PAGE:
Spicy braised chickpeas with amaranth grains

January 27, 2015


There’s a traditional Moroccan fish recipe that my mother, and the rest of the Moroccan Jews around the world, without exception, make every Friday for Shabat dinner. It’s basically a whole fish (such as branzino or sea bass) cut into pieces, braised with garlic, spicy peppers, cilantro, and oil mixed with paprika. I’ve never met any person who grew up in a Moroccan home that doesn’t get nostalgic about this dish. And they all think that their mom makes it the best. I don’t think my mom makes it the best; I know she does. Sometimes they add carp roe to the dish. As a kid, I loved the tiny eggs more than I liked the flesh of the fish. As any tiny fish roe, like caviar or tobiko (flying fish roe), they have a delicate, smoky flavor and a crunchy texture, even when cooked. Continue Reading…

Quick, fancy herb omelet

January 8, 2015

Herbs“No iPad today.”

“But why not?”

“Because you don’t use your brain anymore.”

“Yes I do.”

“Not enough.”

“Okay, so can I use the computer?”

“No, Daddy said no electronics today.”

“What if I clean my room or take the garbage out, can I use it then?”


“Why not?”

“I told you already.”

“It’s not fair! It’s so boring, there’s nothing to do.”

“I don’t want to hear any complaints. You didn’t want to go to the library or to the beach.”

“I don’t want to go anywhere, I just want to stay home.”

“So stay home. But I don’t want to hear anything about you being bored.”

“But I am bored.”

“Play outside, make a comic book, write a poem, cook something, just stop complaining, it drives me nuts.”

“Okay, I’ll cook something.”

Goddamn you, electronics! Continue Reading…

Persian style rice bowl with swiss chard, barberries and pistachio

December 10, 2014


Before I say anything about this rice bowl/salad, I want to confess.

Hi, my name is Shelly and I am addicted to TED talks.

It started after I turned forty a few months ago. I didn’t mind turning forty, not at all, but my mind did. It started to feel foggy and confused. It asked a lot of questions and was worried about the future, more than usual.

To deal with the overwhelming thoughts and doubts, every evening I turn on the Roku and watch people talk about their powerful inventions,  journeys, research & discoveries; about the universities and schools that they founded; about the art projects around the world that made a difference; about education revolutions, and more.

After I watch five talks (and sometimes more), I feel high, and extremely motivated. I think to myself, “You can change the world, too!” But then, at night, in bed, I ask myself, “But how? How exactly are you going to change the world?” Then I fall asleep with a burden in my throat.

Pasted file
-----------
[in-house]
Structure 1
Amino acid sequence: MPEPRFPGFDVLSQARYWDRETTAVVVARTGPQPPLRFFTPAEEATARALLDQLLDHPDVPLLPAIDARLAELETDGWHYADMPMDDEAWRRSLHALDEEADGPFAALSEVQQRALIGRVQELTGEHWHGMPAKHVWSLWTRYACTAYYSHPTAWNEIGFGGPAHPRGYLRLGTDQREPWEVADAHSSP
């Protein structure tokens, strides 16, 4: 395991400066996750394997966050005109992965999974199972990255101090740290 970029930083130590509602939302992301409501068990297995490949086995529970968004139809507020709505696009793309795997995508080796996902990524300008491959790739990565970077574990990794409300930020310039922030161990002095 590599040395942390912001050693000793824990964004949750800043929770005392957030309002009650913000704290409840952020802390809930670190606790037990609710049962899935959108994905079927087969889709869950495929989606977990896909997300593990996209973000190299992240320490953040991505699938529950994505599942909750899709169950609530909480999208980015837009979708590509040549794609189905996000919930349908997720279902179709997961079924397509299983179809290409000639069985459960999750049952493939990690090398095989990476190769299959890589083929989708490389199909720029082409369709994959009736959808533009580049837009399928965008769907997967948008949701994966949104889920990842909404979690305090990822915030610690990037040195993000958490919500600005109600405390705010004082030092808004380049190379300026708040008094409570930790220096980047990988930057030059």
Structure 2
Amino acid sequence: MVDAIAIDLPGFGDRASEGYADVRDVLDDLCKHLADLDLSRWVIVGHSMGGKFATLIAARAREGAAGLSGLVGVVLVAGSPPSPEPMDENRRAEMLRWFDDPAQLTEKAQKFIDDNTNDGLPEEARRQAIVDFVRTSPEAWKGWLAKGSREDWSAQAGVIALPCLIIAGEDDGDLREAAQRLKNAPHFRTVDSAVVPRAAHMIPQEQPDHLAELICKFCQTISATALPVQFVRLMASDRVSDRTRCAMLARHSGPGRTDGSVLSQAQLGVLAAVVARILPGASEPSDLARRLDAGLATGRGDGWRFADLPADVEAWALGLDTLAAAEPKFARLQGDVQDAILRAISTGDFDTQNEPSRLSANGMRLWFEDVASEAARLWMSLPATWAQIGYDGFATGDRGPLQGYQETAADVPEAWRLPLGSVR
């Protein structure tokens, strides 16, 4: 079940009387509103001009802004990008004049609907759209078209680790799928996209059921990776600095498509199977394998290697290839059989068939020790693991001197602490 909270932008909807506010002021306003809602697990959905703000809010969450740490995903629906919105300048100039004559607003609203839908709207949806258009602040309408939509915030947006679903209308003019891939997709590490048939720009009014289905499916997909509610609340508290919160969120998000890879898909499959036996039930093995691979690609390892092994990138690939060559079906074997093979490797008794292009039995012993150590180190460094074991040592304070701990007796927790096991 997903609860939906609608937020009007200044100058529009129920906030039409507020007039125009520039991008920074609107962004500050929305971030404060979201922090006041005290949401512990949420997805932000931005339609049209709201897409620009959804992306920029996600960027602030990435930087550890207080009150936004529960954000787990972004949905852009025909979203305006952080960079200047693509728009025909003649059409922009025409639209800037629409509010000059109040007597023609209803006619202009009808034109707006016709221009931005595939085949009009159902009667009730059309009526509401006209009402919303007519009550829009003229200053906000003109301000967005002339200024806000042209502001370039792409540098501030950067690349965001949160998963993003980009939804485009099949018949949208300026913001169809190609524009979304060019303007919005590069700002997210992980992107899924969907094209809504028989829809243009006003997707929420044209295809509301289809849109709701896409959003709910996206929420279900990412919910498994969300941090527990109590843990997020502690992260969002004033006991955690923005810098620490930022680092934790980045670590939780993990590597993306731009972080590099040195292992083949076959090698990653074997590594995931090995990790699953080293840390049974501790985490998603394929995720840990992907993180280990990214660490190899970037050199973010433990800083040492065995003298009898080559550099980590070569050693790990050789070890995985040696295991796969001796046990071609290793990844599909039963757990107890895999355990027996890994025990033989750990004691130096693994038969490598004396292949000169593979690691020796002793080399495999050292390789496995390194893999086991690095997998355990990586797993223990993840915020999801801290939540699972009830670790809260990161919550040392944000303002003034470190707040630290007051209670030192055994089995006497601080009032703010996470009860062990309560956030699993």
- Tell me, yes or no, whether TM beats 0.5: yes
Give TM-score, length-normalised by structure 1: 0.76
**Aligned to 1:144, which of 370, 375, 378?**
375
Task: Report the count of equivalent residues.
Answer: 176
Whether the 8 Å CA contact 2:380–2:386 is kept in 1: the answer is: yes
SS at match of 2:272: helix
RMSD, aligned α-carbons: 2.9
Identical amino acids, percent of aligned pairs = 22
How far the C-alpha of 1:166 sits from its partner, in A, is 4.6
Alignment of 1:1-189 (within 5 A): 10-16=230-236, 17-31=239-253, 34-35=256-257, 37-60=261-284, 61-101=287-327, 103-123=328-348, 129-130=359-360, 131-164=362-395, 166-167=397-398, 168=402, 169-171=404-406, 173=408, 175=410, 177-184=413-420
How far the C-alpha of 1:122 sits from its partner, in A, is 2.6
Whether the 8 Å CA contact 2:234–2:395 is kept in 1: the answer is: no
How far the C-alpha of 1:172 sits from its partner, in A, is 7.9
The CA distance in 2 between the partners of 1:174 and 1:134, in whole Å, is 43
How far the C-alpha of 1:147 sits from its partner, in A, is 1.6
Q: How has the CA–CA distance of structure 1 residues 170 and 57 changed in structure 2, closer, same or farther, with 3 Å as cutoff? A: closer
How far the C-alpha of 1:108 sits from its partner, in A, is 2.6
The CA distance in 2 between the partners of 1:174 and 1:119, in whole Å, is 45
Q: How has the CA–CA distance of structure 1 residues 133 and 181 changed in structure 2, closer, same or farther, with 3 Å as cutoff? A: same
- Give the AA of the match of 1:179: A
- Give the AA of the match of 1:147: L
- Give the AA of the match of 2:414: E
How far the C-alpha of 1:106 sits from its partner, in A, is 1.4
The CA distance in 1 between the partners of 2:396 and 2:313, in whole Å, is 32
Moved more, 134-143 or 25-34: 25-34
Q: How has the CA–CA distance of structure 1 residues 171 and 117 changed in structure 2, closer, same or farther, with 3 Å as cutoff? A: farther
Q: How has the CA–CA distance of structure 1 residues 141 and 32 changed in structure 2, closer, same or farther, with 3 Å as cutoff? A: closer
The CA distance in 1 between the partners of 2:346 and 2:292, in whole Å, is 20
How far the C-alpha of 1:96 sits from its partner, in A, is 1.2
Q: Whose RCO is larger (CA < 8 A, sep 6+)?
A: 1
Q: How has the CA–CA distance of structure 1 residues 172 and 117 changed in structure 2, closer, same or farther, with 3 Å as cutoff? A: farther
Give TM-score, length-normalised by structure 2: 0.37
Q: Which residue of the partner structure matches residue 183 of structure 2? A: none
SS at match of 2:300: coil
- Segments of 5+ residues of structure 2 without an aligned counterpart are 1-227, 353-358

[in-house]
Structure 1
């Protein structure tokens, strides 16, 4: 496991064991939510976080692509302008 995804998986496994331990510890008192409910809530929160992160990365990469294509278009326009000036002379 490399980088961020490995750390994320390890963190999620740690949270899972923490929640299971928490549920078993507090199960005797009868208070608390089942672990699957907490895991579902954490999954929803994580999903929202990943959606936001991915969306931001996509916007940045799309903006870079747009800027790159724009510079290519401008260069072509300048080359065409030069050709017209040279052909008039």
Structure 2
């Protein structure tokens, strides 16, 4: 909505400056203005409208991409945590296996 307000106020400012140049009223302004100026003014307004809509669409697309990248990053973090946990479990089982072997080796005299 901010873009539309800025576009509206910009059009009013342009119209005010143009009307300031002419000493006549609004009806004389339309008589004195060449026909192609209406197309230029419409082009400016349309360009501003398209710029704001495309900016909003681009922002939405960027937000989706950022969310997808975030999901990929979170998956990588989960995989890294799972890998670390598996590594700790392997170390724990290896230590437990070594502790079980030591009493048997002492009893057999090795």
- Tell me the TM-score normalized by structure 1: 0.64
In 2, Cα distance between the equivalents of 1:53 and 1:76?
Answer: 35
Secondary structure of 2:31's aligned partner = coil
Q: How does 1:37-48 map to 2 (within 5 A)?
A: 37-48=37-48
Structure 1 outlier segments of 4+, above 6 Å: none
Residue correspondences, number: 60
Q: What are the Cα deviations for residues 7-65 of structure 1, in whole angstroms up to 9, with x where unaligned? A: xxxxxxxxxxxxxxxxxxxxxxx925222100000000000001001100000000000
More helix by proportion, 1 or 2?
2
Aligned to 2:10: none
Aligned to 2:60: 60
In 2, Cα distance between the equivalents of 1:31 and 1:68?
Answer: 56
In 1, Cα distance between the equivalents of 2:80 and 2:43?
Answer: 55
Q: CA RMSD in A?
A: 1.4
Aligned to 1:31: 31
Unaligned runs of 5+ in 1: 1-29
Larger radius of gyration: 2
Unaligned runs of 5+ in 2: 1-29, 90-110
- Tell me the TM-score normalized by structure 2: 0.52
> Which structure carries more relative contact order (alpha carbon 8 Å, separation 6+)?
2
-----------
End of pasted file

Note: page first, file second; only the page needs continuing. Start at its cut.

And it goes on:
I think I’ve watched every single talk about education and creativity. They’re my favorite. When I hear a good talk, or if I am impressed by a speaker, I applaud the TV in envy and say things like “Well done, girl!” or “Bless you, mister!”

When I told a friend of mine about my obsession with TED and my desire to be one of those people that make a difference, she said something very sweet and comforting. She said: “Your food makes a difference. Look at me. Since I met you, I eat so much better.” She also reminded me that I do make a difference in the lives of my children and husband. I felt better.

For now, I quit watching them. I decided that I don’t need more motivation. I need to do. (I still hear them sometimes on KCRW when I’m driving.)

By the way, one of my favorites talks is by Geena, a courageous model from the Philippines, whose story is beautiful and inspiring. (I’m not telling you about her story; I don’t want to spoil it for you.) Continue Reading…


November 3, 2014

The first time I visited Playa Del Carmen was fifteen years ago (f&#$ I’m getting old!). After I moved to New York and lived there for six months, I had to leave the country and come back in order to extend my stay (I was on tourist visa). In New York I met an Israeli girl who had just gotten back from a month in Playa. She said it was an inexpensive heaven. She also mentioned that her friend Natalie is still there and that it would be easy to find Natalie because Playa is so small, if I am interested in going.

The next day, I walked into an STA travel agency (remember travel agents?) and booked a roundtrip ticket to Cancun (which is about a one-hour drive from Playa).

Old hotels Playa

The shit-hole and the upgraded bungalow